8 Bipolar Myths Busted
With rates of bipolar disorder being diagnosed on the rise, it is becoming more vital than it ever that fact is separated from fiction about the condition.
TV and films often portray bipolar in a very extreme way, and often these portrayals are full of inaccuracies. Such inaccuracies have the potential to further the stigma and misconceptions surrounding bipolar, and mental illness in general.
Throughout this article are examples of inaccuracies that are often believed about bipolar disorder, and discussion of the real facts behind these misleading ideas.
1. Bipolar Disorder is Just Mood Swings
A person with bipolar disorder will experience mood swings very differently to somebody who does not have it. Bipolar mood swings are much more intense and will last a lot longer than the average mood swing.
A key difference between a normal mood swing and a bipolar one is the impact it has on a person's life and everyday well-being. For example, a bipolar mood episode has the potential to stop someone being able to continue with employment, prevent them from sustaining a relationship, or have serious effects on their financial situation.
Bipolar mood swings can also be unrelated to a person's environment or current situation, unlike a standard mood swing which could be a reflection of an achievement not being met, a problem with their work or education, or even something as simple as the weather.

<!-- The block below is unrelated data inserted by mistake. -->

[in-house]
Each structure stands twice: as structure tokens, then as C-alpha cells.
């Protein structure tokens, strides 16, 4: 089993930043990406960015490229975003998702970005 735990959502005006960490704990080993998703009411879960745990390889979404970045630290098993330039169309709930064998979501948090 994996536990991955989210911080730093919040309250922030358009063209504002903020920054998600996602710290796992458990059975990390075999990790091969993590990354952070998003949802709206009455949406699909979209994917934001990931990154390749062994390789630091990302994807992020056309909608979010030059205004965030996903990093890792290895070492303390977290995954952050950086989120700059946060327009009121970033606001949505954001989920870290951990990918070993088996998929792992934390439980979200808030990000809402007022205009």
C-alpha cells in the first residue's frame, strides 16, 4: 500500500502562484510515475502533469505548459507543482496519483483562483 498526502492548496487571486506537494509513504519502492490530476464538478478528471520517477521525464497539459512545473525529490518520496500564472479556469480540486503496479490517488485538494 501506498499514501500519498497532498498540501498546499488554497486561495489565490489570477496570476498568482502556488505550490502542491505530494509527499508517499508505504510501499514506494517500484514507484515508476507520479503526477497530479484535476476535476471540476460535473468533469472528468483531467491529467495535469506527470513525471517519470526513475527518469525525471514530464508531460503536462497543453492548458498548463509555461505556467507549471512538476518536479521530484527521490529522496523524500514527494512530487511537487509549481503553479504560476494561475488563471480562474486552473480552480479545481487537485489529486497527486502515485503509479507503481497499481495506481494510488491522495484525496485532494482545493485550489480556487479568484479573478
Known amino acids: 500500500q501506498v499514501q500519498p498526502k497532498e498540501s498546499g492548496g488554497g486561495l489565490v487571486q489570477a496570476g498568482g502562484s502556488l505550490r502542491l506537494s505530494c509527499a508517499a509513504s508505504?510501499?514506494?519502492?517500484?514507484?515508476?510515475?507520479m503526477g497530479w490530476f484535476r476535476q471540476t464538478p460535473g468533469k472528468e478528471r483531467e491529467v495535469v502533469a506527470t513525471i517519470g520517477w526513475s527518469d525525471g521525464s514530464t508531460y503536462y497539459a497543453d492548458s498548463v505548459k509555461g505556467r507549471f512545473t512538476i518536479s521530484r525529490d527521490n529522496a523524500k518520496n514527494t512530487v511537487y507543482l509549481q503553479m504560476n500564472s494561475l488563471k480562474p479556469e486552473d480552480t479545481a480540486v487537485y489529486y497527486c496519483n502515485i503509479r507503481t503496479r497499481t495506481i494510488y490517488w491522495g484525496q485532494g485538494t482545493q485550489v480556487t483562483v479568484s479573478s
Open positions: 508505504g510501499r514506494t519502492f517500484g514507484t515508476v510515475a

2. Someone Having a Manic Episode is Very Happy
While a person with bipolar disorder may enter mania in a happy mood, and for some this may be the case for the duration of the episode, assuming that mania is characterized by a happy mood is incorrect.
It is important for a manic episode to be monitored carefully and a medical professional to be made aware of the situation as soon as possible, as an episode has the potential to progress into something that could cause a significant impact on someone's life.
A manic episode could also result in irritability, insomnia, and a lack of good judgment which could lead to dangerous and risky behaviors such as the use of drugs or alcohol, or uncontrollable spending sprees.
3. Bipolar Disorder is Rare
This is a very important myth to dispel, as it will help raise awareness of bipolar disorder. Increased awareness may result in more people being able to catch the disorder in the early stages, which can lead to a better prognosis in the long run.
Around 2.4% of the world has a diagnosis of bipolar disorder. Experts estimate the actual number of people with bipolar is far greater, as this does not include those who have not received medical attention.
Shedding light on the disorder will help lower stigma, and help people who would not have sought help before to express their concerns and feelings to a medical professional.
4. Every Mood is Because of the Bipolar Disorder
Having bipolar disorder does not mean every mood change and feeling is a part of the condition. People with a diagnosis of bipolar often feel as though they are being scrutinized for every slight change in mood, which can often lead to feelings of resentment.
Just as someone without the disorder does, a person with bipolar can simply have a bad day or be sad about something. This does not necessarily mean they are heading into an episode, or that they are becoming unwell again.
5. People With Bipolar Disorder Cannot Work